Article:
The First Minister's spokesman had called for the Electoral Commission to examine whether Mr Trump was in breach of election laws after a campaigner said Mr Trump plans to target councillors who have supported wind farms with a "massive advertising campaign".
But the commission said it did not have the powers to regulate non-party campaigning at local elections in Scotland.
Susan Crosthwaite, chairwoman of the Communities Against Turbines Scotland, had revealed the move which also provoked Green Party co-leader Patrick Harvie to call for an inquiry yesterday.
Mr Trump has pledged to throw the full might of his organisation behind the anti-wind farm group, with his New York-based staff available to work with them on a daily basis.Ms Crosthwaite said: "This is one of the areas that Donald Trump will help us by doing some advertising."
A spokesman for the First Minister had said: "It is right and proper that the Electoral Commission look into this. We have strict election laws in this country, which everyone must abide by."
But a spokeswoman for the Electoral Commission said: "The Electoral Commission has considered the complaint but it falls outwith powers to regulate non-party campaigning at local government elections."
Mr Trump has claimed First Minister Alex Salmond would be remembered as "Mad Alex – the man who destroyed Scotland", accusing him of single-handedly doing more damage to the country than any event in history.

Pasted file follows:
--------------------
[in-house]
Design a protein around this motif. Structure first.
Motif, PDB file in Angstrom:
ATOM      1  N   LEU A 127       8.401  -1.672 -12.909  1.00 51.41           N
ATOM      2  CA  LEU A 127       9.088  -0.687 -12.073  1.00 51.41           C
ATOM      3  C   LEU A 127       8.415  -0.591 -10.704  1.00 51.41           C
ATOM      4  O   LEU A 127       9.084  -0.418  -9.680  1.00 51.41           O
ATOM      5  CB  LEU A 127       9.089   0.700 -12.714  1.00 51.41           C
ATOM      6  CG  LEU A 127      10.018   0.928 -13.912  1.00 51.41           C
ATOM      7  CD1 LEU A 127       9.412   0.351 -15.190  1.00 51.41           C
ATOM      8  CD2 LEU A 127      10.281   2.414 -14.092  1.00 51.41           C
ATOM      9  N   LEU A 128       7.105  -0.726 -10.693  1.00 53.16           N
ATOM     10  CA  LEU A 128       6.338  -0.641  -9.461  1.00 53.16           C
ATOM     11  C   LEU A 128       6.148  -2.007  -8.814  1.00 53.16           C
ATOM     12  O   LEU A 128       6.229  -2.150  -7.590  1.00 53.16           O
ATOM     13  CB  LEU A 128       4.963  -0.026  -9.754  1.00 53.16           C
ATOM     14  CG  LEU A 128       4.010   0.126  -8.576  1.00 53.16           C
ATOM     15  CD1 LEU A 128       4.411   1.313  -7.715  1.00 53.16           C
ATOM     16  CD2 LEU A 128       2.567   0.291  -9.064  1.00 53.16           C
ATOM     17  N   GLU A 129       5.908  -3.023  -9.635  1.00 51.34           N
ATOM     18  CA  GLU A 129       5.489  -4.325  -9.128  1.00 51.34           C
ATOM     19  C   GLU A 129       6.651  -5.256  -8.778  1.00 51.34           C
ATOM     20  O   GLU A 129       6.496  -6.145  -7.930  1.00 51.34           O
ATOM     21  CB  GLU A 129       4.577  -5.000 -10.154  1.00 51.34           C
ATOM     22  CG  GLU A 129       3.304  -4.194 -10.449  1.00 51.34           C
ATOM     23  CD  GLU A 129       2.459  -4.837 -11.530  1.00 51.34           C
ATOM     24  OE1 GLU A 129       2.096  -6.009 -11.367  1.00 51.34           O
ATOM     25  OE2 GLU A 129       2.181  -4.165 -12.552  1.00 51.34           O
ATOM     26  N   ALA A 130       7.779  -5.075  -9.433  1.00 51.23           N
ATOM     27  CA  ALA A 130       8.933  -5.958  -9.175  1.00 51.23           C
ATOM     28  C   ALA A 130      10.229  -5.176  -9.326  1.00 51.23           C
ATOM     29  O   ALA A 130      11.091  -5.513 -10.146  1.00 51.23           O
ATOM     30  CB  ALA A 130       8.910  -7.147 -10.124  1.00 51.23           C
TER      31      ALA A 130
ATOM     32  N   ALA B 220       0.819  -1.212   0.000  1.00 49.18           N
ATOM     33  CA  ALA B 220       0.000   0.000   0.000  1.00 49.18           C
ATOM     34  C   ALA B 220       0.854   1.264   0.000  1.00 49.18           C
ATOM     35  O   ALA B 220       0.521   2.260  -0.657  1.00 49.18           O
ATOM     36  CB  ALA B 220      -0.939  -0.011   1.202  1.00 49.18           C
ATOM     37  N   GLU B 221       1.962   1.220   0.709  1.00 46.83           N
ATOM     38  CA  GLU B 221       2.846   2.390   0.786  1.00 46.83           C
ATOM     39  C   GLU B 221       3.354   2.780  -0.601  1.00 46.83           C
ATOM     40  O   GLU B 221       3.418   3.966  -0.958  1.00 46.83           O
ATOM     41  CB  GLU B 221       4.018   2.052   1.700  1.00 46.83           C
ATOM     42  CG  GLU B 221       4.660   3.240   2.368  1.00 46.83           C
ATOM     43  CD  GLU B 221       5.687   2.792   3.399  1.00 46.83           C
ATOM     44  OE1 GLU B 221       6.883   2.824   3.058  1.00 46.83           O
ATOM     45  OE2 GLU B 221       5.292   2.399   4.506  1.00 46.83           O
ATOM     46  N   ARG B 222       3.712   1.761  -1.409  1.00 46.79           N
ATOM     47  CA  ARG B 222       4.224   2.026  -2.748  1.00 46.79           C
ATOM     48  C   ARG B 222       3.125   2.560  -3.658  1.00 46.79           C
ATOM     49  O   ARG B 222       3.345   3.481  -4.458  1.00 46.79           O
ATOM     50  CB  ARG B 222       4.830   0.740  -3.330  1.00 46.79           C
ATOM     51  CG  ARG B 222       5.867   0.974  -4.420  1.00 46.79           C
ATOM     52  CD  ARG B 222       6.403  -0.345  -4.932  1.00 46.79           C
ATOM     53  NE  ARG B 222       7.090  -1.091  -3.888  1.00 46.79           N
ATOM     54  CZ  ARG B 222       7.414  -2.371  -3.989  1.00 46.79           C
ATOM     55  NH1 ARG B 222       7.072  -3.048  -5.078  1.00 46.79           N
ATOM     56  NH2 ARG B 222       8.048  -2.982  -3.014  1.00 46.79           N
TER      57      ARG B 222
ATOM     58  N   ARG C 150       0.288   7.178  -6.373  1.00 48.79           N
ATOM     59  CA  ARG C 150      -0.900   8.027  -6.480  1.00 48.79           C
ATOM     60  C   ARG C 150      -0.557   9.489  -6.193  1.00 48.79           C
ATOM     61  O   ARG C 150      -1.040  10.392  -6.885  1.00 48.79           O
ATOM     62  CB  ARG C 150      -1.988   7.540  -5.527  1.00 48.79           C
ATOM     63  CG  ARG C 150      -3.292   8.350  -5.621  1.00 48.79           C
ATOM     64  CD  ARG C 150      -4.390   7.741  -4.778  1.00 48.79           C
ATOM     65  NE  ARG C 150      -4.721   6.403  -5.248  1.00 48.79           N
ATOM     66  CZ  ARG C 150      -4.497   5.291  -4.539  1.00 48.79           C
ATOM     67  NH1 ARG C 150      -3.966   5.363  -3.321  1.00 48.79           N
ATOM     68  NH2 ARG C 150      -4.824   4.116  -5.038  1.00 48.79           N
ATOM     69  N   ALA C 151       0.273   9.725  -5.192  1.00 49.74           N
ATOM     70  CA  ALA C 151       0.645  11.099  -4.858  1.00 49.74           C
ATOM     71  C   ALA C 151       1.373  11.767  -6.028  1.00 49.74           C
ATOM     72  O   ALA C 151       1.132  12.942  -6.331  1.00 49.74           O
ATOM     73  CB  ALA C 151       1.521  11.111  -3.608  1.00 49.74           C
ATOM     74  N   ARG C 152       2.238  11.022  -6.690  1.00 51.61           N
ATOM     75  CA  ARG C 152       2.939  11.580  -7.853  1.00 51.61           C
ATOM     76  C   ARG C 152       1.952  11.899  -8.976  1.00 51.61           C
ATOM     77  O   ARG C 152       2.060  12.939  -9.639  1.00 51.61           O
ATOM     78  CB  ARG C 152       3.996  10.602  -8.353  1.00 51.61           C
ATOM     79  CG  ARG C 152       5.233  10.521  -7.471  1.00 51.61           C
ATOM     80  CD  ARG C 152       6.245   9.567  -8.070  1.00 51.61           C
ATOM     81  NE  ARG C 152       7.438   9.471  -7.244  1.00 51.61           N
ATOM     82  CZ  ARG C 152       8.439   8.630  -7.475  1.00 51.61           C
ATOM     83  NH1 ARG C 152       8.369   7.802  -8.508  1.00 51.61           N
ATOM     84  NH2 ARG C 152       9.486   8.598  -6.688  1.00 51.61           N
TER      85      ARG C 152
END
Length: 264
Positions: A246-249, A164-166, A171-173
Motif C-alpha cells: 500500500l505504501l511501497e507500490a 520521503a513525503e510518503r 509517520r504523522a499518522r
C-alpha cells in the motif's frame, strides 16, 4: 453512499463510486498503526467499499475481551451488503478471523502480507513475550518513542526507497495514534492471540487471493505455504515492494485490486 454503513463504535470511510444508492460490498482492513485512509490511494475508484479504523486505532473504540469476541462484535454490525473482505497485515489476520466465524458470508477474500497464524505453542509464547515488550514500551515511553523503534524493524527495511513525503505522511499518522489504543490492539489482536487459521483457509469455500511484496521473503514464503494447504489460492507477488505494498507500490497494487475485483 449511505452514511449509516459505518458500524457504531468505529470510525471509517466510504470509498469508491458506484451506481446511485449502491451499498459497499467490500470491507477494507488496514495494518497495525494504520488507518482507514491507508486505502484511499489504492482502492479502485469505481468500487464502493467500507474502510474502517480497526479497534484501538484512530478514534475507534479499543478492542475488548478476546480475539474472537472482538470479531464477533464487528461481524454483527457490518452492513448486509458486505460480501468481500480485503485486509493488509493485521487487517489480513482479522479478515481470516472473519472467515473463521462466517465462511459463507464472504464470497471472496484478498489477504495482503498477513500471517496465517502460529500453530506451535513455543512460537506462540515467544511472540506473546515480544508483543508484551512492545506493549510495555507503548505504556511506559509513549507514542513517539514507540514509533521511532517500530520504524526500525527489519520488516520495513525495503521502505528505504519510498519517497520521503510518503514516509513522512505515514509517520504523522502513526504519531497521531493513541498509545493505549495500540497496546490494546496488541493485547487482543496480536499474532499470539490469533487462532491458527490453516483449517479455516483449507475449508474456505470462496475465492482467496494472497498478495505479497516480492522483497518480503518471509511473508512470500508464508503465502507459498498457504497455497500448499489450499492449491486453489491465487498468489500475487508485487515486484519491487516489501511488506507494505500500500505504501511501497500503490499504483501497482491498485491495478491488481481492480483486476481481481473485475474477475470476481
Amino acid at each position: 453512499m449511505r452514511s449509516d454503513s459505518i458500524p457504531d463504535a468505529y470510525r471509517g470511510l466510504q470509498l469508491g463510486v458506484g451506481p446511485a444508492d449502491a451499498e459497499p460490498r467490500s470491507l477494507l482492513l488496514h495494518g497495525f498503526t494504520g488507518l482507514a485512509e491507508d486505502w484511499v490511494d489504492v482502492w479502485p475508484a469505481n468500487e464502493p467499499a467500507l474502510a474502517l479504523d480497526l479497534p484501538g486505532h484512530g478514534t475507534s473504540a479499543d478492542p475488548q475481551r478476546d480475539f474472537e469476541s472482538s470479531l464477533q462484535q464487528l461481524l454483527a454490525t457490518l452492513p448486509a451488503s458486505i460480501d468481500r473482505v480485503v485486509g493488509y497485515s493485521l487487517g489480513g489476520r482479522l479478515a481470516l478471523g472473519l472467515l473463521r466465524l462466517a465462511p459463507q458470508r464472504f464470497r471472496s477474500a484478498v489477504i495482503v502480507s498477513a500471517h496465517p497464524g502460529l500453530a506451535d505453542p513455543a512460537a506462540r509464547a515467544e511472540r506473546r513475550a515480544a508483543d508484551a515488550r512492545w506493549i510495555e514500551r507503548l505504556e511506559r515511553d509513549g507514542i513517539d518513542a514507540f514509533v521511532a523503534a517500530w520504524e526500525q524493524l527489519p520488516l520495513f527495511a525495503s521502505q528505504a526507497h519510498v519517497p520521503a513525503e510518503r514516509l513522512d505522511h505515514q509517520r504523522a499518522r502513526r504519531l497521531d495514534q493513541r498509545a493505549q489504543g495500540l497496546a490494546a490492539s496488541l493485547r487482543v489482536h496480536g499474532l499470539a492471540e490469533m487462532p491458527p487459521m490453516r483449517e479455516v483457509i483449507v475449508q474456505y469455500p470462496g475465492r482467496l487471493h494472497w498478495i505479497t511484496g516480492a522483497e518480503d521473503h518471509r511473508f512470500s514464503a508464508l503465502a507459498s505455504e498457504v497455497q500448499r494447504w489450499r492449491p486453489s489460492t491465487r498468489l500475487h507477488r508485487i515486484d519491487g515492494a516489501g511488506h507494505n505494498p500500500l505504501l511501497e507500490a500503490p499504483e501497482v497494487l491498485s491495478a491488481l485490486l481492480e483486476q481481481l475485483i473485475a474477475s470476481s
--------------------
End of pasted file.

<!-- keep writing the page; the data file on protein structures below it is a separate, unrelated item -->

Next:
Mr Harvie hit out after Ms Crosthwaite told Holyrood Magazine that campaigners are in talks with the Trump organisation on the option of a "flying squad" of planning experts to advise wind farm opponents.
He added: "The possibility that a foreign billionaire will seek to use his wealth to influence the local elections is outrageous. This is not America, and our political process is not for sale at any price."
Mr Trump's executive vice-president and legal counsel, George Sorial, said: "Patrick Harvie is wrong and is shooting his mouth off at anyone that challenges his narrow agenda.
"We have not funded nor do we intend to fund political campaigns in Scotland."